(from the Stalin 0.10 manpage)
Stalin now generates code that is properly tail recursive, by default, in all but the rarest of circumstances. And it can be coerced into generating properly tail-recursive code in all circumstances by appropriate options. Some tail-recursive calls, those where the call site is in-lined in the target, are translated as C goto statements and always result in properly tail-recursive code. The rest are translated as C function calls in tail position. This relies on the C compiler to perform tail-call optimization. gcc(1) versions 2.96 and 3.0.2 (and perhaps other versions) perform tail-call optimization on IA32 (and perhaps other architectures) when -foptimize-sibling-calls is specified. (-O2 implies -foptimize-sibling-calls.) gcc(1) only performs tail-call optimization on IA32 in certain circumstances.
First, the target and the call site must have compatible signatures. To guarantee compatible signatures, Stalin passes parame ters to C functions that are part of tail-recursive loops in global variables.
Second, the target must not be declared __attribute__ ((noreturn)). Thus Stalin will not generate a __attribute__ ((noreturn)) declaration for a function that is part of a tail-recursive loop even if Stalin knows that it never returns.
Third, the function containing the call site cannot call alloca(3). gcc(1) does no flow analysis. Any call to alloca(3) in the function containing the call site, no matter whether the allocated data escapes, will disable tail-call optimization.
Thus Stalin disables stack allocation of data in any procedure in-lined in a procedure that is part of a tail-recursive loop. Finally, the call site cannot contain a reentrant region because reentrant regions are freed upon procedure exit and a tail call would require an intervening region reclamation. Thus Stalin disables allocation of data on a reentrant region in any proce dure that is part of a tail-recursive loop. Disabling these optimizations incurs a cost for the benefit of achieving tail-call optimization.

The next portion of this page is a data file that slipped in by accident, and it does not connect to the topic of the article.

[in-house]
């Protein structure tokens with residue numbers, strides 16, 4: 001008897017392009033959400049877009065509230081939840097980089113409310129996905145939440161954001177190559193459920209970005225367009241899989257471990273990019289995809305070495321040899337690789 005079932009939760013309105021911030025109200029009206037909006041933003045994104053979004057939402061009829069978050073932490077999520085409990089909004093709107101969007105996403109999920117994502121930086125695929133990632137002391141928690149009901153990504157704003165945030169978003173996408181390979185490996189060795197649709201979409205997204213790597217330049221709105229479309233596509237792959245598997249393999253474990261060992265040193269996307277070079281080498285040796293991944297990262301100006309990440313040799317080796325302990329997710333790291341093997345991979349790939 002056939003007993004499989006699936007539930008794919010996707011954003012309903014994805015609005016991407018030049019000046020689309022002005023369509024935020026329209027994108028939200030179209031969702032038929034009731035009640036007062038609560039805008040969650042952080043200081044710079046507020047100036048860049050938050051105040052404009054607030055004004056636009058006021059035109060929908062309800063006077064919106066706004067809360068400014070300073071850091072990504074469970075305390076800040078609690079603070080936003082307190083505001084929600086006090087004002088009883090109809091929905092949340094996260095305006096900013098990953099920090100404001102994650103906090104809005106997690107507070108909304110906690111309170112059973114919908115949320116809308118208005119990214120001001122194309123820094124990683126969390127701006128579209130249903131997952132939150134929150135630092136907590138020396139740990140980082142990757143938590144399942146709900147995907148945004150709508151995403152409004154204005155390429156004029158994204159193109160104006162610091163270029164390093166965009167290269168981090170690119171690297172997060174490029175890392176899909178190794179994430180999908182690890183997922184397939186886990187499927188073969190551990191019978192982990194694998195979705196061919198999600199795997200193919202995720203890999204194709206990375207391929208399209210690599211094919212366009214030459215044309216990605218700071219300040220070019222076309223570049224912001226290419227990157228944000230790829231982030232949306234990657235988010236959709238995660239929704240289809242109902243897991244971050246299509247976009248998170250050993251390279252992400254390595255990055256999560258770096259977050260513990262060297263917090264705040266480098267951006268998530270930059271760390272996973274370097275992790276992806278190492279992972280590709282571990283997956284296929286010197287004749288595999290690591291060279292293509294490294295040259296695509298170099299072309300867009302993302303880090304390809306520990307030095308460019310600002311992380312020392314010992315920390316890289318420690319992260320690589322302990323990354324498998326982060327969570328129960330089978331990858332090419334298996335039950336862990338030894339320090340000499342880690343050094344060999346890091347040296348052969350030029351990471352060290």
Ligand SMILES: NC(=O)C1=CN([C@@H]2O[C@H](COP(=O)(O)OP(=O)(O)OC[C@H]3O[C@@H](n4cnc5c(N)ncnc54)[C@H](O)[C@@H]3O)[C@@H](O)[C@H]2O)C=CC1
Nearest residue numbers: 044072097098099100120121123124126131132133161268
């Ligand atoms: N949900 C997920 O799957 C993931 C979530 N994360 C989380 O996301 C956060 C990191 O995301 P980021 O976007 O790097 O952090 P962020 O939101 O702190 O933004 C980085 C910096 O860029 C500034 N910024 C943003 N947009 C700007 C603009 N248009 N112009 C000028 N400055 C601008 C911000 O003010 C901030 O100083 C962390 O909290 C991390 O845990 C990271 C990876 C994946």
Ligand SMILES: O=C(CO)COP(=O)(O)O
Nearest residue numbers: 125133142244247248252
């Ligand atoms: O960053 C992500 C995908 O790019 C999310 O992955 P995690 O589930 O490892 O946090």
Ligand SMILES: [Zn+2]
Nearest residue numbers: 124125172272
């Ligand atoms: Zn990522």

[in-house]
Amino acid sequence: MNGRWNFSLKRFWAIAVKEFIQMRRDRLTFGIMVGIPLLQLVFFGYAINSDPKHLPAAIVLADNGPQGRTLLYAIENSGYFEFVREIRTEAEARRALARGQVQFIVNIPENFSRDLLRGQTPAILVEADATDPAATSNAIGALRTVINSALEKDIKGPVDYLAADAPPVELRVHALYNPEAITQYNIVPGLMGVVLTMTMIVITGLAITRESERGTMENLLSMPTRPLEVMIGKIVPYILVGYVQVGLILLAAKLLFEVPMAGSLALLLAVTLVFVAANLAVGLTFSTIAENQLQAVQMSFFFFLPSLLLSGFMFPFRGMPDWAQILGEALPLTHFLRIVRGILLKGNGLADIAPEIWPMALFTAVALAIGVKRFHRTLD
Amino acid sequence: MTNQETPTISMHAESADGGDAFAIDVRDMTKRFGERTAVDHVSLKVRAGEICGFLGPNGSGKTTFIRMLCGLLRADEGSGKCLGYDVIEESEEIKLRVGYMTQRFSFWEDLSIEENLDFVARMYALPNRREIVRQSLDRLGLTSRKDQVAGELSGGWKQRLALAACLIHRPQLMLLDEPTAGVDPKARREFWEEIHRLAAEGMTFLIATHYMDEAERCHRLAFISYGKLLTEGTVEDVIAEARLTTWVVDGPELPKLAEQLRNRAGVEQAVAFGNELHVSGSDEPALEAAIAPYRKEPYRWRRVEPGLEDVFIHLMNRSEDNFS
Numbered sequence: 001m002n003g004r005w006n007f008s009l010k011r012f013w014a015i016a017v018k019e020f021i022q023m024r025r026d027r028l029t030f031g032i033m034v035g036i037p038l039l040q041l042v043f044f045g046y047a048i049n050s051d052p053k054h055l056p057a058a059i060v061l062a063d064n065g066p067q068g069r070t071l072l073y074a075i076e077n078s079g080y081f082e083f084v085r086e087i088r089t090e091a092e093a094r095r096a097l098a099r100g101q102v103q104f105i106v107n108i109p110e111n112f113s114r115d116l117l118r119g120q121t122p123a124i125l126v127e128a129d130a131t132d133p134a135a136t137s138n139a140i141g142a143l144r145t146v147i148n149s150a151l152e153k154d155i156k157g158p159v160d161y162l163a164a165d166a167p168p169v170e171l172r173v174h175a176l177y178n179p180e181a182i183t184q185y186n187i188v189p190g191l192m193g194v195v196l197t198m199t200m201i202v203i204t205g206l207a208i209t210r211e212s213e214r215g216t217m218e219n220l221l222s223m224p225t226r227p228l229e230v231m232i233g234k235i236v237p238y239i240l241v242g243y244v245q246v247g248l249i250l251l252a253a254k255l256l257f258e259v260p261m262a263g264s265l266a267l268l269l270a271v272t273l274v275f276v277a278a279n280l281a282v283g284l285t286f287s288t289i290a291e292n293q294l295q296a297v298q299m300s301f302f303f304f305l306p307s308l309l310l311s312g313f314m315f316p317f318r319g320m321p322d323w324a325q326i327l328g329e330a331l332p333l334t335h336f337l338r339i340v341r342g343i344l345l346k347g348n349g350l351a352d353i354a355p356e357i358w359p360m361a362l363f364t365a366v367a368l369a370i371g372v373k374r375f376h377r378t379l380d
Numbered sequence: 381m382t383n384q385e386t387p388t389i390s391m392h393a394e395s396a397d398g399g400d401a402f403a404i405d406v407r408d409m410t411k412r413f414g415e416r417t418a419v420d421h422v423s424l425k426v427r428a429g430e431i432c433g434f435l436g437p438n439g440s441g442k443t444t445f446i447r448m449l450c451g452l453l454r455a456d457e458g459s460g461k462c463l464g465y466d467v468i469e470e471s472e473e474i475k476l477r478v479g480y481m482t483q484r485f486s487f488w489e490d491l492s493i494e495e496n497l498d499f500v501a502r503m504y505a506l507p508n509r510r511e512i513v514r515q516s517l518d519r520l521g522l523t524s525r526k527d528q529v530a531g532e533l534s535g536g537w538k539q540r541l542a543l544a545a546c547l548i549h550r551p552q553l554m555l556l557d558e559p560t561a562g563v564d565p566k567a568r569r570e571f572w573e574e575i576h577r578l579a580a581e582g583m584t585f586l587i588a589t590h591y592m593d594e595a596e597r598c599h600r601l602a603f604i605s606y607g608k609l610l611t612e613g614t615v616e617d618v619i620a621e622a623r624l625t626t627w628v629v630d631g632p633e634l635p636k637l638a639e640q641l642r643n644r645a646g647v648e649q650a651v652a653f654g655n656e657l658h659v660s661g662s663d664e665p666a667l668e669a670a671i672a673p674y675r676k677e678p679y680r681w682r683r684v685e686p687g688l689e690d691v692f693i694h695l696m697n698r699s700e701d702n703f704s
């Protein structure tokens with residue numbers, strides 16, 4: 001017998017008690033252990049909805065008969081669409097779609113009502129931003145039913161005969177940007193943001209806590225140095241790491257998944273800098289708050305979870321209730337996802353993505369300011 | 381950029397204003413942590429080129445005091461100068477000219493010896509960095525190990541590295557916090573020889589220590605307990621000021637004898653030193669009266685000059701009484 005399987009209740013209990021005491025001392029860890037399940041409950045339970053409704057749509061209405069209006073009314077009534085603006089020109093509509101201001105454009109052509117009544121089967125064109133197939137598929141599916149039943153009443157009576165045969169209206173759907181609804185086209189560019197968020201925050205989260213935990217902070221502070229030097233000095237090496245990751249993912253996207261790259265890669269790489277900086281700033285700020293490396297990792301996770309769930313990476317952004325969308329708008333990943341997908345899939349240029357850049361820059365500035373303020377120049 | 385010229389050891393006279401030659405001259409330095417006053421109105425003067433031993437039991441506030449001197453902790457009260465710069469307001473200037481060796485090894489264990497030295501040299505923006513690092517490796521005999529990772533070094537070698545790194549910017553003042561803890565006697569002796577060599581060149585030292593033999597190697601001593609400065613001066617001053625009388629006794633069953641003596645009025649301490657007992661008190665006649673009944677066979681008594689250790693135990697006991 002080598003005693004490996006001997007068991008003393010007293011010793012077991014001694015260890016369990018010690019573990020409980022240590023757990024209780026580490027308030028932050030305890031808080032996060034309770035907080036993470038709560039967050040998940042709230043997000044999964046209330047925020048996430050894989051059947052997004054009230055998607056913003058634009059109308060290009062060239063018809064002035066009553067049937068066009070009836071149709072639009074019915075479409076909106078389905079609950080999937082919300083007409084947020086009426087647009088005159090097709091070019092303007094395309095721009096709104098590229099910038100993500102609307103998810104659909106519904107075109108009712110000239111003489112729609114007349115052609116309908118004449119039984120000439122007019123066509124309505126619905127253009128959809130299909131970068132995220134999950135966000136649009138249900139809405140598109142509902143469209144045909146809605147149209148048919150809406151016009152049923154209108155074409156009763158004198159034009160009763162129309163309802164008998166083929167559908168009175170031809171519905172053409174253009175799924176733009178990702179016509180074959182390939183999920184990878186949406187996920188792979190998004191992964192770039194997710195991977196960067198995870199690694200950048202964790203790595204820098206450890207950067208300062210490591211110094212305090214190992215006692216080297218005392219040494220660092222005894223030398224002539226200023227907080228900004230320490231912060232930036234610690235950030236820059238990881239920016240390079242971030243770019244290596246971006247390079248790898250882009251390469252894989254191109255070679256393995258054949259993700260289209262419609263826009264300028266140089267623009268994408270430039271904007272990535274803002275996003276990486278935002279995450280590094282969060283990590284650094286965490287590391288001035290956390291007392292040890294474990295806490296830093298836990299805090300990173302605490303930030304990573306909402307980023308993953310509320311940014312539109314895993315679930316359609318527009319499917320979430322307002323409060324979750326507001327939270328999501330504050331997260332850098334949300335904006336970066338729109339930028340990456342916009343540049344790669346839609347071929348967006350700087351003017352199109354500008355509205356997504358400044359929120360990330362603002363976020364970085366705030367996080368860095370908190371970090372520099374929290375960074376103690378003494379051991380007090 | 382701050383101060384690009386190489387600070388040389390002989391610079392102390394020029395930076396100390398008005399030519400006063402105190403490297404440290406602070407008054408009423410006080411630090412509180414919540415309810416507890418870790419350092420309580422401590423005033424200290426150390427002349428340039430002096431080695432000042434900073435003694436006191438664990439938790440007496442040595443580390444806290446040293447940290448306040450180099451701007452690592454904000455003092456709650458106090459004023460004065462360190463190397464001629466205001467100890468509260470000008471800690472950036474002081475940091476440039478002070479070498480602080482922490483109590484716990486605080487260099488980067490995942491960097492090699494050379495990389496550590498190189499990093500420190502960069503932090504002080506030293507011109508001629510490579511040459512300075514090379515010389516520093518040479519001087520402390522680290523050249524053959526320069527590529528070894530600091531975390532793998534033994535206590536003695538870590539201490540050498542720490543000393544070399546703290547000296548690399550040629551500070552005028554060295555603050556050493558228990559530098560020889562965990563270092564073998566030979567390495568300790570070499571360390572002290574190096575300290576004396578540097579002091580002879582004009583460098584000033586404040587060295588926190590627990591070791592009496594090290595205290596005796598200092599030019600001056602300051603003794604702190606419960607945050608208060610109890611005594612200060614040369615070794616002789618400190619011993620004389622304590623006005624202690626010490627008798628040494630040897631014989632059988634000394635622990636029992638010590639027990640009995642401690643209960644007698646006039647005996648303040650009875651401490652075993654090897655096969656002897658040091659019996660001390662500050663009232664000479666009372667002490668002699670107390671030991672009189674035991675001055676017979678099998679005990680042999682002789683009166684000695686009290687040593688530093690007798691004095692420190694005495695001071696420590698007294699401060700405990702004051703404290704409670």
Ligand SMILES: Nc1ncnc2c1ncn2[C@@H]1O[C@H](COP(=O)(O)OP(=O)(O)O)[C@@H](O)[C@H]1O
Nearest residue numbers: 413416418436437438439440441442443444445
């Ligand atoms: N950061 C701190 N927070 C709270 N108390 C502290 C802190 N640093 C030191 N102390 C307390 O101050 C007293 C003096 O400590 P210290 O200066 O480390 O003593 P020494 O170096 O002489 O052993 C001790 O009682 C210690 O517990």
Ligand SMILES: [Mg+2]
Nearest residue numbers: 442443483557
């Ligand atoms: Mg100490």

If your C compiler does not perform tail-call optimization then you may wish not to pay the cost. The -no-tail-call-optimization option causes Stalin not to take these above four measures to generate code on which gcc(1) would perform tail-call optimization. Even when specifying this option, Stalin still translates calls, where the call site is in-lined in the target, as C goto statements. There are three rare occasions that can still foil proper tail recursion.
First, if you specify -dC you may force Stalin to use stack or region allocation even in a tail-call cycle. You can avoid this by not specifying -dC.
Second, gcc(1) will not perform tail-call optimization when the function containing the call site applies unary & to a local variable. gcc(1) does no flow analysis. Any application of unary & to a local variable in the function containing the call site, no matter whether the pointer escapes, will disable tail-call optimization. Stalin can generate such uses of unary & when you specify -de or don't specify -df. You can avoid such cases by specifying -df and not specifying -de.
Finally, gcc(1) will not perform tail-call optimization when the function containing the call site calls setjmp(3). gcc(1) does no flow analysis. Any call to setjmp(3) in the func tion containing the call site, no matter whether the jmp_buf escapes, will disable tail-call optimization. Stalin translates certain calls to call-with-current-continuation as calls to setjmp(3). You can force Stalin not to do so by specifying -fully-convert-to-CPS. Stalin will generate a warning in the first and third cases, namely, when tail-call optimization is foiled by reentrant-region allocation or calls to alloca(3) or setjmp(3). So you can hold off specifying -fully-convert-to-CPS or refraining from specifying -dC until you see such warnings. No such warning is generated, how ever, when uses of unary & foil tail-call optimization.
So you might want to always specify -df and refrain from specifying -de if you desire your programs to be properly tail recursive.
Everything clear now?
The above is not true for newer gcc versions. Particularly, the "GCC does no flow analysis". In fact, it sounds a lot like the author just has something against GCC, because GCC has done this type of flow analysis for many years now.
Of course, GCC, as any compiler, is conservative when performing data-flow analysis. This is not equal to "no flow analysis".